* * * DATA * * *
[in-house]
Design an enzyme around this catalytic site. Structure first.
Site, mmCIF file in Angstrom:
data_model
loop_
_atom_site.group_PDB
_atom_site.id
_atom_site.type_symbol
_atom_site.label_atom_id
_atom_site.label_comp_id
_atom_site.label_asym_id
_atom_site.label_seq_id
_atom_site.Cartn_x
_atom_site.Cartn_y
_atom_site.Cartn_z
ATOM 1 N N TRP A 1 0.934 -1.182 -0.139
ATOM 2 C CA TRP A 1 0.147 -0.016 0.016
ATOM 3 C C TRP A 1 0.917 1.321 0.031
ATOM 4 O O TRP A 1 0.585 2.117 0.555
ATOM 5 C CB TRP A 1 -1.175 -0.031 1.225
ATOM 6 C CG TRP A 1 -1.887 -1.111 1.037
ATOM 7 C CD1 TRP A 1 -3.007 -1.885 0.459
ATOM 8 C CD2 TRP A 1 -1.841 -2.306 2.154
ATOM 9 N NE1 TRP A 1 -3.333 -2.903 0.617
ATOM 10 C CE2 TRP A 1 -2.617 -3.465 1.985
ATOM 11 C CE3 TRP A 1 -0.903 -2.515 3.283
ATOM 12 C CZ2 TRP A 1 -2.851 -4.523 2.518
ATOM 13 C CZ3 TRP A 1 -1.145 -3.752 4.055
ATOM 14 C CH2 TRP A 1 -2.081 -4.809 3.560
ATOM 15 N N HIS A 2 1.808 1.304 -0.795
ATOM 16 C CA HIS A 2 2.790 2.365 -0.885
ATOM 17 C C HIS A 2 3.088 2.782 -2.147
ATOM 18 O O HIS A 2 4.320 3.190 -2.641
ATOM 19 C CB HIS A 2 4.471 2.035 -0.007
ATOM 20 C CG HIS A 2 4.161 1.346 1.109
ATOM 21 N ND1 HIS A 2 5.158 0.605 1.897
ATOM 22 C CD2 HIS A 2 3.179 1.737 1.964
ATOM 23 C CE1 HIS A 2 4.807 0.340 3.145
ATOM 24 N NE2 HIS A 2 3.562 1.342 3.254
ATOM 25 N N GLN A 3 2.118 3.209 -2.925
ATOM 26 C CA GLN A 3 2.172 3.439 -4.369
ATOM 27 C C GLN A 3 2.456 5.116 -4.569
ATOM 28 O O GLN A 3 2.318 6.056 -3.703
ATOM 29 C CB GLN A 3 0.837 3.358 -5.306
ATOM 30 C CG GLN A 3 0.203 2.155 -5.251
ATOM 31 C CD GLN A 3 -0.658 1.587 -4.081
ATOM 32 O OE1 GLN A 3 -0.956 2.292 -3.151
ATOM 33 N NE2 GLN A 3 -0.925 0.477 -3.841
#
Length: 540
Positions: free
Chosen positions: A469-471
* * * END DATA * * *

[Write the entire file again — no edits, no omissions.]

[in-house]
Design an enzyme around this catalytic site. Structure first.
Site, mmCIF file in Angstrom:
data_model
loop_
_atom_site.group_PDB
_atom_site.id
_atom_site.type_symbol
_atom_site.label_atom_id
_atom_site.label_comp_id
_atom_site.label_asym_id
_atom_site.label_seq_id
_atom_site.Cartn_x
_atom_site.Cartn_y
_atom_site.Cartn_z
ATOM 1 N N TRP A 1 0.934 -1.182 -0.139
ATOM 2 C CA TRP A 1 0.147 -0.016 0.016
ATOM 3 C C TRP A 1 0.917 1.321 0.031
ATOM 4 O O TRP A 1 0.585 2.117 0.555
ATOM 5 C CB TRP A 1 -1.175 -0.031 1.225
ATOM 6 C CG TRP A 1 -1.887 -1.111 1.037
ATOM 7 C CD1 TRP A 1 -3.007 -1.885 0.459
ATOM 8 C CD2 TRP A 1 -1.841 -2.306 2.154
ATOM 9 N NE1 TRP A 1 -3.333 -2.903 0.617
ATOM 10 C CE2 TRP A 1 -2.617 -3.465 1.985
ATOM 11 C CE3 TRP A 1 -0.903 -2.515 3.283
ATOM 12 C CZ2 TRP A 1 -2.851 -4.523 2.518
ATOM 13 C CZ3 TRP A 1 -1.145 -3.752 4.055
ATOM 14 C CH2 TRP A 1 -2.081 -4.809 3.560
ATOM 15 N N HIS A 2 1.808 1.304 -0.795
ATOM 16 C CA HIS A 2 2.790 2.365 -0.885
ATOM 17 C C HIS A 2 3.088 2.782 -2.147
ATOM 18 O O HIS A 2 4.320 3.190 -2.641
ATOM 19 C CB HIS A 2 4.471 2.035 -0.007
ATOM 20 C CG HIS A 2 4.161 1.346 1.109
ATOM 21 N ND1 HIS A 2 5.158 0.605 1.897
ATOM 22 C CD2 HIS A 2 3.179 1.737 1.964
ATOM 23 C CE1 HIS A 2 4.807 0.340 3.145
ATOM 24 N NE2 HIS A 2 3.562 1.342 3.254
ATOM 25 N N GLN A 3 2.118 3.209 -2.925
ATOM 26 C CA GLN A 3 2.172 3.439 -4.369
ATOM 27 C C GLN A 3 2.456 5.116 -4.569
ATOM 28 O O GLN A 3 2.318 6.056 -3.703
ATOM 29 C CB GLN A 3 0.837 3.358 -5.306
ATOM 30 C CG GLN A 3 0.203 2.155 -5.251
ATOM 31 C CD GLN A 3 -0.658 1.587 -4.081
ATOM 32 O OE1 GLN A 3 -0.956 2.292 -3.151
ATOM 33 N NE2 GLN A 3 -0.925 0.477 -3.841
#
Length: 540
Positions: free
Chosen positions: A469-471